We’ve Got to Stop Depending Upon Disgust

Disgust is everywhere these days – have you noticed?

Without question, a number of despicable things have occurred in the past few weeks. To name a few: a white nationalist rally in Charlottesville, complete with neo-Nazis; their unchecked organizing and violence, resulting in the death of Heather Heyer and the injury of many others; and the U.S. president’s miserably insufficient response, complicit with white supremacy and exempting white nationalists. And through it all, the dominant reaction from the media is widespread disgust.

Both of the late night Jimmys used this terminology while discussing these recent events in their opening monologues. Fallon (finally) stated that it was his “responsibility to stand up against intolerance and extremism as a human being” against the “disgusting” happenings in Charlottesville. Kimmel pointed to Germany as setting a more powerful example than the US and our president, because their chancellor denounced the rally as “evil and disgusting.” The Dave Matthews Band, native to Charlottesville and a nostalgic staple of suburban high school memories from the 90’s, issued a statement declaring how “disgusted” they are “by the acts of racist, hate-filled terrorism.” Even folks that are openly supportive of the president are getting on board. Gary Cohn, chief economic advisor to the president, is “disgusted” by his comments in relation to white nationalists. Betsy DeVos, while not known for her scintillating hot takes or compassionate insights, took to Twitter to exclaim how “disgusted” she was by the “behavior and hate-filled rhetoric” in Charlottesville. But maybe that’s because being disgusted isn’t exactly novel these days. Across the board, it’s become the go-to way to quickly denounce things we disagree with and want to quickly distance ourselves from.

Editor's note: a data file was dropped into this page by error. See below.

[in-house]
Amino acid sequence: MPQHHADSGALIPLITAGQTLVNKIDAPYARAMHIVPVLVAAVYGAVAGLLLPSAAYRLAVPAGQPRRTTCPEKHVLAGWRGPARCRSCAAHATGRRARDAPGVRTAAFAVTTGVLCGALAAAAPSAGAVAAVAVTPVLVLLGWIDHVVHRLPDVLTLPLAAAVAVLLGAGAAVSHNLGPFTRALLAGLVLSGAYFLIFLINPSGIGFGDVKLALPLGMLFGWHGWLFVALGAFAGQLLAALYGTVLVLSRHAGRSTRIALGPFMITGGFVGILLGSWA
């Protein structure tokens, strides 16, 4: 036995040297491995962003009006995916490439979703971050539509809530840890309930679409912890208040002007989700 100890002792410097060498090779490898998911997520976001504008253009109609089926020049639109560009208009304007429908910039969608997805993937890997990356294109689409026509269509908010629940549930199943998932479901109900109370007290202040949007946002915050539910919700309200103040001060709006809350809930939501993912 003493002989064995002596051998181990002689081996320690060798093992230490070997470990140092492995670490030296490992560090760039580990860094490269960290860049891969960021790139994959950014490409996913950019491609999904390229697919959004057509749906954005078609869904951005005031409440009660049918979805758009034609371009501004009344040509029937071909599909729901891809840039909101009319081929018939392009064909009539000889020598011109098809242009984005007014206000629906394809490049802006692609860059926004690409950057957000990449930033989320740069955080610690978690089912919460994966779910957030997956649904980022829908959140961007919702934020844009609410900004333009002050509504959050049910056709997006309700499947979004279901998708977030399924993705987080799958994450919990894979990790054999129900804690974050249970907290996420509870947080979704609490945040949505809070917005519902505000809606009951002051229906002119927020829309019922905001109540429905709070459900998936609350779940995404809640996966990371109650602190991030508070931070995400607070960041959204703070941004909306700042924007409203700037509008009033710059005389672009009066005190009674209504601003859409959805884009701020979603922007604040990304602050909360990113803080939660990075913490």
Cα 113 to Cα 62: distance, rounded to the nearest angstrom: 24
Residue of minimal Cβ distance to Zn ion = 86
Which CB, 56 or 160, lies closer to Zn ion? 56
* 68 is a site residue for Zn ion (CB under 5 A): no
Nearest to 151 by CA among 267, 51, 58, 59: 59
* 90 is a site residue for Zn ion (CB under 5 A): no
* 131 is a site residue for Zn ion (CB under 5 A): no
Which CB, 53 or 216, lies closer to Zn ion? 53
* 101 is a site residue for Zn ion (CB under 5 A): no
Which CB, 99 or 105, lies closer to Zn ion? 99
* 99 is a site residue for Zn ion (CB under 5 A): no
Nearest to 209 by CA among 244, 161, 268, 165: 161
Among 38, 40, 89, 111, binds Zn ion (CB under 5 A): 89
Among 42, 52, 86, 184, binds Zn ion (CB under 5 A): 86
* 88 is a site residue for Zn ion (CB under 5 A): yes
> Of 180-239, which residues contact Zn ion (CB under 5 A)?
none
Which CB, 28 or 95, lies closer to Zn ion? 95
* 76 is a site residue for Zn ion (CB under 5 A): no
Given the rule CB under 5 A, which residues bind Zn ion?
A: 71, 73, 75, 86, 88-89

If we – and I am talking about myself and other white folks here – truly want to participate in changing the system of white supremacy laid bare by what happened in Charlottesville, we need to interrogate our use of disgust, especially if only months ago we were playfully ruffling our current president’s hair or advising him on taxes and trade policy. Transformation – of self and system – can’t, and simply won’t, happen if we merely cling to disgust and parade it out every once in awhile.

Disgust isn’t a word that folks typically throw around willy-nilly. It carries with it a powerful, emotional punch when it’s used to describe someone, or something, conveying more horror and condemnation than other words one might use like “upset” or “furious.” It truly cuts. No one knows this better than our current president; it was, with little exaggeration, the platform that he ran on.

Everywhere he went, he was “disgusted” by something – or, more importantly, by someone. And most especially, by women. Way back when this presidency was a mere twinkle in his eye, he was labeling a whole host of women – from a range of occupations and realms of celebrity – “disgusting”: former Miss Universe Alicia Machado, regarding an alleged sex tape (and even her citizenship), Rosie O’Donnell, concerning her appearance, and Hillary Clinton, because she dared to use the bathroom. He was disgusted by women breastfeeding or pumping. Even after the election, he was disgusted by Madonna for speaking out at the women’s march. Women: their bodies and bodily functions, their thoughts, their living and breathing… all women were united by a single word: disgusting!